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REVIEW: The Hunger Games
Thursday 29 March 2012, 01:07PM
142 minutes, Rating: 15+ Director: Gary Ross Starring: Jennifer Lawrence, Josh Hutcherson, Woody Harrelson, Lenny Kravitz, Donald Sutherland. With the blockbuster book set to become the biggest film of the season, it is impossible not to feel like The Hunger Games has missed a real opportunity to make an influential movie. For fans that are already familiar with the material, the film is probably fine, or at least adequate. For newcomers, it is an unequivocal dumbing down of some genuinely interesting conceptual content; a film inexplicably designed to set up a new franchise rather than deliver serious commentary on the serious social themes that arise within the material. The basic story takes place in a dystopian future where ‘the Capitol’ rules over the country of Panem (in what used to be North America), and uses ‘The Hunger Games’ to suppress the surrounding districts. Each year, one girl and boy are randomly chosen from each of the 12 districts to participate in the Games – where the 24 “tribute” children fight to the death until only one remains. With one or two exceptions, the non-District 12 tributes (that is, everyone other than our heroine, Katniss Everdeen) are blank caricatures that leave next-to-no emotional impact as either victims or villains. Obviously, with 24 tributes, it would be hard to get to know everyone; however the experience could have benefited from more time spent with the others. On the technical side, the camera work leaves a lot to be desired. Quick, frantic cuts probably helped the film maintain a more family friendly rating, but as a result, the film is short on captivating battle choreography or epic one-on-one confrontations. The action scenes that exist are shot on hand-held shaky-cam, and can be almost nauseating to watch. Part of the problem arises from the direction of Gary Ross – the master of movies that settle over you like a warm blanket. Ross delivers a family-friendly version of the gladiatorial death match with all the sharp edges are smoothed off. You have to wonder what the film could have turned out like in the hands of a horror auteur such as Guillermo del Toro. The best adaptations take novels and add something more to them, but this installment feels like a reduction. Rather than the engrossing, world-building spirit that imbued the Lord of the Rings and Harry Potter films, The Hunger Games is little more than a by-the-book (and buy-the-book) adaptation. 2 stars – Dane Halpin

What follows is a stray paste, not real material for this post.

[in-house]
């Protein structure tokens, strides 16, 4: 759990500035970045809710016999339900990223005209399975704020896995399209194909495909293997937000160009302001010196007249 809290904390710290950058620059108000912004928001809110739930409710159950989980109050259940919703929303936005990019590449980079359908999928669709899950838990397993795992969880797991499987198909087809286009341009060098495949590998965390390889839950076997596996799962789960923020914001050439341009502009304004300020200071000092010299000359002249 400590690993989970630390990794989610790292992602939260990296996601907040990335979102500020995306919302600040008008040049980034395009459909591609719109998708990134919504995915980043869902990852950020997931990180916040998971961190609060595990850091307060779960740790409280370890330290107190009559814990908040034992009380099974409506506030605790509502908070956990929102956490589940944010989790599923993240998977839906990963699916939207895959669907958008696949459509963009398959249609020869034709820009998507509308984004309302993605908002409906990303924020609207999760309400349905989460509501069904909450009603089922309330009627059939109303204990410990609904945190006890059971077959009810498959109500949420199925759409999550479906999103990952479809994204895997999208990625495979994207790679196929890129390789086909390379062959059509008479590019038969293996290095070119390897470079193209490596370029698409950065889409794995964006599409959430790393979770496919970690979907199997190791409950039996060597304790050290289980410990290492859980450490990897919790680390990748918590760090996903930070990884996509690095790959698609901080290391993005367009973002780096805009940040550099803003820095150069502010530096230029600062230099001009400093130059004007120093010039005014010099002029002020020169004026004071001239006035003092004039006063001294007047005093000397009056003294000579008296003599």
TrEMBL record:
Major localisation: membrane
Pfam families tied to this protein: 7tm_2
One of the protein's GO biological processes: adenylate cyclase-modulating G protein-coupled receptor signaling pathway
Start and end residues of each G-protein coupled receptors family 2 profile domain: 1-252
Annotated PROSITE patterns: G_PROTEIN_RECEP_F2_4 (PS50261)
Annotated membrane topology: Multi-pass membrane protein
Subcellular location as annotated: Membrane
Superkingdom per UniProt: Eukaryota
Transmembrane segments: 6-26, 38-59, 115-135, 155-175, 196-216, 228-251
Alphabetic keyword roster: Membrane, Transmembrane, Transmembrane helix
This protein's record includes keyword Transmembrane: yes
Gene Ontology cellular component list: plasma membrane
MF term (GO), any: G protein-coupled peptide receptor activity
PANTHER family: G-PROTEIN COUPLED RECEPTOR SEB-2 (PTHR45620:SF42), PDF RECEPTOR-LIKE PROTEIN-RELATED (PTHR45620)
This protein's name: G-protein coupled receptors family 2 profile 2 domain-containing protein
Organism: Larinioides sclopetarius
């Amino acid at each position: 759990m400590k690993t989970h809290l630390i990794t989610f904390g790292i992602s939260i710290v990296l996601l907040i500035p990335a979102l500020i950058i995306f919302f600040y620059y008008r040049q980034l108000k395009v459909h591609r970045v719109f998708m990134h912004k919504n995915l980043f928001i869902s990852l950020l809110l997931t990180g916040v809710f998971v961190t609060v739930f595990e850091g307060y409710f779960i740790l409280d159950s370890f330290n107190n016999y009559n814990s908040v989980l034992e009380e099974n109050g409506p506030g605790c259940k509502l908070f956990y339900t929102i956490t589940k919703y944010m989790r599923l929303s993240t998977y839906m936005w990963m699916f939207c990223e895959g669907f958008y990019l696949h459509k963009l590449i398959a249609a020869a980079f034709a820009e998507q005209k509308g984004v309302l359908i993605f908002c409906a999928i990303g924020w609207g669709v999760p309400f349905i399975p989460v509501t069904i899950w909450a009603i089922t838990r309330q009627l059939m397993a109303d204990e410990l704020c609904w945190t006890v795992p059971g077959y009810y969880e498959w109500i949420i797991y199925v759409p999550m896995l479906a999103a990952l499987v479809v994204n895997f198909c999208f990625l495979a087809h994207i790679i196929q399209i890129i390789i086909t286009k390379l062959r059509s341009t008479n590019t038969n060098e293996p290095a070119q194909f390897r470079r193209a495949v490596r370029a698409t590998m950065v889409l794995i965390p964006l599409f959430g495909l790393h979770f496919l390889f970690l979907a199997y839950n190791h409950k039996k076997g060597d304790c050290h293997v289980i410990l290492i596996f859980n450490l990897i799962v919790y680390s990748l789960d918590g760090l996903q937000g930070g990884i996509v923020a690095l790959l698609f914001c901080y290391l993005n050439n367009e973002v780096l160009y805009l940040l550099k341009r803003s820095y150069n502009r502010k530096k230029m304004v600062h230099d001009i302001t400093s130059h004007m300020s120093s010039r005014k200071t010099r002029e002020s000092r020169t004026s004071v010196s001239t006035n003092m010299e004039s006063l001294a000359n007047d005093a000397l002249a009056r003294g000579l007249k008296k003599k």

REVIEW: Moneyball
Friday 23 March 2012, 10:10AM
133 minutes Rating: 13+  Director: Bennett Miller Starring: Brad Pitt, Jonah Hill, Phillip Seymour Hoffman There are not many sport movies that inspire you to become an accountant. But then Moneyball is, quite frankly, a bit of an oddball when it comes to sport films. Most notably, for a film about baseball, there is surprisingly little baseball actually shown. And those parts that do feature in-game action are perhaps the most tedious and drawn-out of the film. Instead, the real joys of this movie come from the nuanced performances, stellar script and well-judged direction, which admittedly may not appeal to everyone.Brad Pitt stars as Billy Beane, the general manager of the Oakland A’s baseball team, who has an epiphany: that all of baseball’s conventional wisdom is wrong. Forced to reinvent his team on a tight budget, Beane has to outsmart the richer clubs with the help of impassioned numbers man Peter Brand (an uncharacteristically dramatic Jonah Hill). Director Bennett Miller, whose only major previous credit was 2005 film Capote, has a restrained but dead-on storytelling style that is an ideal counterpoint for a tale set in the volatile world of professional sports. Given what could have been fairly dry subject material, Moneyball relies heavily on Pitt’s ability to bring subtle humour to the real-life proceedings – and simultaneously, delivering believable emotional complexity in some especially tough scenes. The supporting bench definitely helps, with Philip Seymour Hoffman (as Manager Art Howe) and Brent Jennings (playing A’s coach, Ron Washington) offering some especially entertaining counter-points to Pitt’s more solemn portrayal. That said, with the exception of Beane, the story almost entirely pushes side characters out of the picture in the closing act, and the narrative becomes much more about Beane and how he “changed baseball” than about his team. It feels like it’s really building towards something, and then rapidly changes direction and rather abruptly ends. But if you take it for what it is, Moneyball is, at least in its attempts, ultimately an honest film that gives the audience unobstructed access to Beane’s quite remarkable journey, warts and all. Just don’t go in expecting a baseball movie. 4 stars – Dane Halpin